Kelly Biette (Brighton, Colo.), a member of the Seattle University volleyball team, recently spent 10 days in Switzerland for the Sixth International Conference on the Hsp90 Chaperone Machine. Biette, the president of the Seattle University Student-Athlete Advisory Council and a member of the Western Athletic Conference SAAC, made a presentation based on a project she has been working on for the past two years with Dr. Patrick Murphy, an assistant professor in the College of Nursing. Besides the conference, which was held in Les Diablerets, Biette spent a day in Geneva and a day in Lucerne. Below is a description about the conference and its impact in Biette's own words.
A really important part of science is presenting your work and talking about your research with other scientists. It's part of how scientists work as a group to solve problems that are larger than any one group or individual can do by themselves. We participated in one of these conversations with researchers from across the world who are all studying the same protein. The name of the protein is hsp90, and it is found in nearly every cell of every plant and animal and they can't live without it. In our lab at Seattle U, we study how hsp90 helps with intracellular communication and impacts how certain drugs (glucocorticoids) can be used to help treat many common diseases (asthma, cancer, cardiovascular disease, autoimmune disorders). My specific presentation focused on how hsp90 can aid in protein folding, which is an essential biochemical activity.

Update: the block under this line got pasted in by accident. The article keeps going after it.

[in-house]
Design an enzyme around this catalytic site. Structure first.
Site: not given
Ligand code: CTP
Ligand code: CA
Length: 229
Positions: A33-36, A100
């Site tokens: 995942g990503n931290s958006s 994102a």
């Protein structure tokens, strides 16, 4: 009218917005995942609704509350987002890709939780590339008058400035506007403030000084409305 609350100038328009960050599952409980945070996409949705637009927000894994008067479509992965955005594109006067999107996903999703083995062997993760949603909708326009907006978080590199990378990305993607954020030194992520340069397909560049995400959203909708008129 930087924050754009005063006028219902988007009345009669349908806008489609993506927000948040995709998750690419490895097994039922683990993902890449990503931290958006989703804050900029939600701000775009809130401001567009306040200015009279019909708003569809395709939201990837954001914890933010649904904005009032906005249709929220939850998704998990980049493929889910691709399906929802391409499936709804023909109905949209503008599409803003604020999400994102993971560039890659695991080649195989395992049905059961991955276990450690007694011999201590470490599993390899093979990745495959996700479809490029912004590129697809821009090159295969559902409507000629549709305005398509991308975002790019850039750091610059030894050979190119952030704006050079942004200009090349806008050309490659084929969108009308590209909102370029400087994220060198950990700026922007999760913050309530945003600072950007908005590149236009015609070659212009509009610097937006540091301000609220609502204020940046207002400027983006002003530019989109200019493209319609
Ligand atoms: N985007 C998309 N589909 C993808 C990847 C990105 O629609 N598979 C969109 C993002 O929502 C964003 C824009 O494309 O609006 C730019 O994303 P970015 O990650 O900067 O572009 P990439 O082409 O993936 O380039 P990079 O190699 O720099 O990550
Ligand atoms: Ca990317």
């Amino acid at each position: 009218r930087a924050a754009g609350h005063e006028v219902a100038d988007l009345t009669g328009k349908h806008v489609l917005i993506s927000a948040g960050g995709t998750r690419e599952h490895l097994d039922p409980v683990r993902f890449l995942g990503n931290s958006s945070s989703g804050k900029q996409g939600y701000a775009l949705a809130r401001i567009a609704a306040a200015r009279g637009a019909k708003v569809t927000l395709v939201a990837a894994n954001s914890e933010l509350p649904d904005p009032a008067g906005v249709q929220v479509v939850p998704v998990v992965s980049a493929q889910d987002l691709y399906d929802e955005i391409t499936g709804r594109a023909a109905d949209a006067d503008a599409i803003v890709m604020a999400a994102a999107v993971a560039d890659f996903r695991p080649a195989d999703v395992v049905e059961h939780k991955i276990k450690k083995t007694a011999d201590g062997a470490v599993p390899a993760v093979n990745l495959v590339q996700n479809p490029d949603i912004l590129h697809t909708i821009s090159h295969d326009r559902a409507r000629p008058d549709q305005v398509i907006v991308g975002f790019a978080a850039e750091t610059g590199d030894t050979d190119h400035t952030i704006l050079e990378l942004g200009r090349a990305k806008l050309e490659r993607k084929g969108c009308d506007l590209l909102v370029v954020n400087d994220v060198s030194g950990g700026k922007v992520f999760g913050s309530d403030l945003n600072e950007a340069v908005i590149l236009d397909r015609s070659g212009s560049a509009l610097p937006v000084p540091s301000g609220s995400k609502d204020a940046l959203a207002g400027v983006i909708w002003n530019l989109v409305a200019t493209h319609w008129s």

The research conference we attended was The Sixth International Conference on the Hsp90 Chaperone Machine. It was held in Les Diablerets, Switzerland, in a valley in the middle of the Swiss Alps. The conference organizer, Dr. Dider Picard, is based in Geneva and has hosted the conference in Les Diablerets for the last several years. Approximately 200 scientists who all study hsp90 were in attendance, including several famous researchers who have recently published in the most prestigious scientific journals. While some conferences involve thousands of scientists studying many different topics, one of the unique things about this meeting was it was a relatively close group with a shared objective and purpose which allowed for lots of discussion and collaboration. We left the meeting with several potential future research plans with other labs.
One of the things that makes Seattle University unique is the opportunities it provides students as undergraduates to be involved in multiple activities at a very high level. For me, this has involved Division I athletics, community service, and molecular pharmacology research. It might be surprising to realize that many of the traits necessary to excel in athletics are the same traits required to be a great scientist. For example, a strong work ethic and the ability to transfer what you've learned into practice, as well as being a committed member of a team are all qualities that can help make someone successful both on the court and in the lab. Our lab currently has three varsity athletes (Liana Heberer, Women's Soccer and Brianna Guerrero, Softball) and it's great to work with other people that have a shared commitment to excelling both at their sport and in our research environment.